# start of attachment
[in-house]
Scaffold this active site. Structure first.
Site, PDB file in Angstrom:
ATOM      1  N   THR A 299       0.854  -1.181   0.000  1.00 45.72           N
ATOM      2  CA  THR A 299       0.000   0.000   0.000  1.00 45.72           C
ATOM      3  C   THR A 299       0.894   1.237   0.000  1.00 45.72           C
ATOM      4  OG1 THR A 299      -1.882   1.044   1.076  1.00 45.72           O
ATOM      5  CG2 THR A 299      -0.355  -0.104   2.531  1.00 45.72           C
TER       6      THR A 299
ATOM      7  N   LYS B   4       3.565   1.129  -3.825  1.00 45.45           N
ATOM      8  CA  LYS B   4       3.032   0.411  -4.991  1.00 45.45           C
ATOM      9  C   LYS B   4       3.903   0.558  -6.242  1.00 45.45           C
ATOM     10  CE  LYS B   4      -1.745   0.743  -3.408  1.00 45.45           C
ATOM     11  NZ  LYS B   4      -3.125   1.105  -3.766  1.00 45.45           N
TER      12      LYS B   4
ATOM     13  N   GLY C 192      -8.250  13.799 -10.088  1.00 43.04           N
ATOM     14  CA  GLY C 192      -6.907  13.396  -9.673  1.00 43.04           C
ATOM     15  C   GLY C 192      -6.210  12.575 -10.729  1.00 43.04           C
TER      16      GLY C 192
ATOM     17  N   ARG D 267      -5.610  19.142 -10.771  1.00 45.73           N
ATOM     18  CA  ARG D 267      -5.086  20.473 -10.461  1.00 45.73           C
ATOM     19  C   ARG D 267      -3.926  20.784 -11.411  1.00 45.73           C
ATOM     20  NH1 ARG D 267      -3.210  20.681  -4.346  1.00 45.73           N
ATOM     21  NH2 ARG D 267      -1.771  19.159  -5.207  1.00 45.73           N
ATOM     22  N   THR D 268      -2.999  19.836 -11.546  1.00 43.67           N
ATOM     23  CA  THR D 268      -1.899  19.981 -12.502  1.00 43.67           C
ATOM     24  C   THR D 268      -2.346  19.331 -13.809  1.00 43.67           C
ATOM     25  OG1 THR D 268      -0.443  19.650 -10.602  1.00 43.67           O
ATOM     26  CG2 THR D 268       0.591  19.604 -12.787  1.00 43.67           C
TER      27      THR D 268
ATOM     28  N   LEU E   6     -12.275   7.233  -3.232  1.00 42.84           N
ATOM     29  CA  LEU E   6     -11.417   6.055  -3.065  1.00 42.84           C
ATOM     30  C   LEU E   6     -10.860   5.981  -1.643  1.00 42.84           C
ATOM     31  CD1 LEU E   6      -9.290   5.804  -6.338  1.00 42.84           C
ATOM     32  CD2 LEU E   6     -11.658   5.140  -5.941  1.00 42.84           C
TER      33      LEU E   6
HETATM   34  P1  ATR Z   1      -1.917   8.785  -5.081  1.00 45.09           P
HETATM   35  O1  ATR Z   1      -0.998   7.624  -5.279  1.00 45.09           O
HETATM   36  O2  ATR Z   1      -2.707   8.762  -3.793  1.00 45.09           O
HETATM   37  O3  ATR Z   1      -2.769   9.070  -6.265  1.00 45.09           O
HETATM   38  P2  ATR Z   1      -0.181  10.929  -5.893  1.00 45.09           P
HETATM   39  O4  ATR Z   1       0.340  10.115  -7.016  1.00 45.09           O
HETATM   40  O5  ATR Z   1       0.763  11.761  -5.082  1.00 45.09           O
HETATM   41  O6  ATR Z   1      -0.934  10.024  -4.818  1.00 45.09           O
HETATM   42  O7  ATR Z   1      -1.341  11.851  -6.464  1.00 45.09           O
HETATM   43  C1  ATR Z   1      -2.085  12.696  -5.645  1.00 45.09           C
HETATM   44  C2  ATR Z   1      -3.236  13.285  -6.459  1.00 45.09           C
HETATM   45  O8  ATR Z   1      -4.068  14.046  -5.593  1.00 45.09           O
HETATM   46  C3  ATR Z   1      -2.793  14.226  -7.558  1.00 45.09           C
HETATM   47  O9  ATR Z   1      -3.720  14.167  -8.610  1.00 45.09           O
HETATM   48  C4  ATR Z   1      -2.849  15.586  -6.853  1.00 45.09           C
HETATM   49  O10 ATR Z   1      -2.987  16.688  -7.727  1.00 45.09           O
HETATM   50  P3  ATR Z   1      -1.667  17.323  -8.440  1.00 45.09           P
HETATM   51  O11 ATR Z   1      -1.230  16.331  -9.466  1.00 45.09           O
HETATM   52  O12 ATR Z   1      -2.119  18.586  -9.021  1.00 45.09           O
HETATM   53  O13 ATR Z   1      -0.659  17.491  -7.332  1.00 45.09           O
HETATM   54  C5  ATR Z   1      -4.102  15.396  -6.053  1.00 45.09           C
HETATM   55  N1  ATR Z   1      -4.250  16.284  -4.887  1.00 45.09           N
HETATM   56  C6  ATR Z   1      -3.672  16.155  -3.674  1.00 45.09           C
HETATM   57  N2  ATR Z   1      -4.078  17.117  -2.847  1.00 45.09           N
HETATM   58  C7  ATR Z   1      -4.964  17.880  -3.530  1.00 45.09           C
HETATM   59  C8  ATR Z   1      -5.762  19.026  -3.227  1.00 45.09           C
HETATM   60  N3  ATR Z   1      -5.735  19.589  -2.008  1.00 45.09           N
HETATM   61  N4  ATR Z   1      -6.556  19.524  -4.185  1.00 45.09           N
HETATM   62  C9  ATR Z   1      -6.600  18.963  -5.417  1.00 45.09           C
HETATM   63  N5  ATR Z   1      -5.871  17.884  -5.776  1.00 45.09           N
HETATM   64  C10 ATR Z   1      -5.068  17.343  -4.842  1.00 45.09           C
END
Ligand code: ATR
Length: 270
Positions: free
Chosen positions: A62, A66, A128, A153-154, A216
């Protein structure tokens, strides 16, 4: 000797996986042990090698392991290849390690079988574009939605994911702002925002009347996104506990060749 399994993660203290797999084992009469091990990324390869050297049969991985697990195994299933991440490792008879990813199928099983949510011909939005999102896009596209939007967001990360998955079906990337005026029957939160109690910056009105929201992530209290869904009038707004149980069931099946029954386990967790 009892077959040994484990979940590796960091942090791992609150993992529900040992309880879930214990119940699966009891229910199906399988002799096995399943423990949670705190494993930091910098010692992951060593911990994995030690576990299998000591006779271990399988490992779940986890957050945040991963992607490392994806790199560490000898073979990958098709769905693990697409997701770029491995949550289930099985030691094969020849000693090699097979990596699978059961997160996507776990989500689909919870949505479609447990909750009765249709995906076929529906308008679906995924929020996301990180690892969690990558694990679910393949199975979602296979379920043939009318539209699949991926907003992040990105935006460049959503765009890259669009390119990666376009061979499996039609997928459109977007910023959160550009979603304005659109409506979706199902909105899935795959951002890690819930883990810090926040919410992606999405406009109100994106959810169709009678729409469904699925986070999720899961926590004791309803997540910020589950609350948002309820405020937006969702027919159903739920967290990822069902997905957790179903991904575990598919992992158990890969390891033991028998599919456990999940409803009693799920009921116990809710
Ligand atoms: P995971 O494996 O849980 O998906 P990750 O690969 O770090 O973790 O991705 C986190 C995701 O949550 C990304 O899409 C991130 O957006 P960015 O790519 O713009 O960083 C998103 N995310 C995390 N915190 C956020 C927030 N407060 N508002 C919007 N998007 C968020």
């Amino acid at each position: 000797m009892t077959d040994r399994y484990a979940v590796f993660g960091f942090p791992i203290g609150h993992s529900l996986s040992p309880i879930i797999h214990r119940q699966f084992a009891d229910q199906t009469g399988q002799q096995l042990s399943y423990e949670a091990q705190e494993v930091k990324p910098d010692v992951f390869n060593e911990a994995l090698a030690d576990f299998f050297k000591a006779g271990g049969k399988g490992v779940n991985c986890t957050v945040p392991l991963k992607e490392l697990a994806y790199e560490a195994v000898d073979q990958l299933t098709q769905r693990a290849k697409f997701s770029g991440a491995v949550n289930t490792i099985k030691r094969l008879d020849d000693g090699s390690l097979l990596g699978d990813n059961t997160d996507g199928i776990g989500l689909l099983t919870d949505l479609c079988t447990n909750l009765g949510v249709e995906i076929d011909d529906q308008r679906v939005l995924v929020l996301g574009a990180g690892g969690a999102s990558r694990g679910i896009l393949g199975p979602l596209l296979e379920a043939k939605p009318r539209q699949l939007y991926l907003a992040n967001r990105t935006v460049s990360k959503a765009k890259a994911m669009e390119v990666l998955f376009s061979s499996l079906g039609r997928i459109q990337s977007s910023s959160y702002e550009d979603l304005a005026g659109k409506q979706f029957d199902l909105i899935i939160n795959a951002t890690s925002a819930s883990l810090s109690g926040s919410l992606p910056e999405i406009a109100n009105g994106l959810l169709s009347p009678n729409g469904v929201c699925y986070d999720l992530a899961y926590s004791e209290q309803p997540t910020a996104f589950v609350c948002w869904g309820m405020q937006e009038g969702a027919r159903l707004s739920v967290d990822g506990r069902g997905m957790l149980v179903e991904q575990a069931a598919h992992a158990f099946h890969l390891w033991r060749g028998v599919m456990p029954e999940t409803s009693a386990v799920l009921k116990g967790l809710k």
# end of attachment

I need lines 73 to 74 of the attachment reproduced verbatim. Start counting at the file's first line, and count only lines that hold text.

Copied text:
């Protein structure tokens, strides 16, 4: 000797996986042990090698392991290849390690079988574009939605994911702002925002009347996104506990060749 399994993660203290797999084992009469091990990324390869050297049969991985697990195994299933991440490792008879990813199928099983949510011909939005999102896009596209939007967001990360998955079906990337005026029957939160109690910056009105929201992530209290869904009038707004149980069931099946029954386990967790 009892077959040994484990979940590796960091942090791992609150993992529900040992309880879930214990119940699966009891229910199906399988002799096995399943423990949670705190494993930091910098010692992951060593911990994995030690576990299998000591006779271990399988490992779940986890957050945040991963992607490392994806790199560490000898073979990958098709769905693990697409997701770029491995949550289930099985030691094969020849000693090699097979990596699978059961997160996507776990989500689909919870949505479609447990909750009765249709995906076929529906308008679906995924929020996301990180690892969690990558694990679910393949199975979602296979379920043939009318539209699949991926907003992040990105935006460049959503765009890259669009390119990666376009061979499996039609997928459109977007910023959160550009979603304005659109409506979706199902909105899935795959951002890690819930883990810090926040919410992606999405406009109100994106959810169709009678729409469904699925986070999720899961926590004791309803997540910020589950609350948002309820405020937006969702027919159903739920967290990822069902997905957790179903991904575990598919992992158990890969390891033991028998599919456990999940409803009693799920009921116990809710
Ligand atoms: P995971 O494996 O849980 O998906 P990750 O690969 O770090 O973790 O991705 C986190 C995701 O949550 C990304 O899409 C991130 O957006 P960015 O790519 O713009 O960083 C998103 N995310 C995390 N915190 C956020 C927030 N407060 N508002 C919007 N998007 C968020």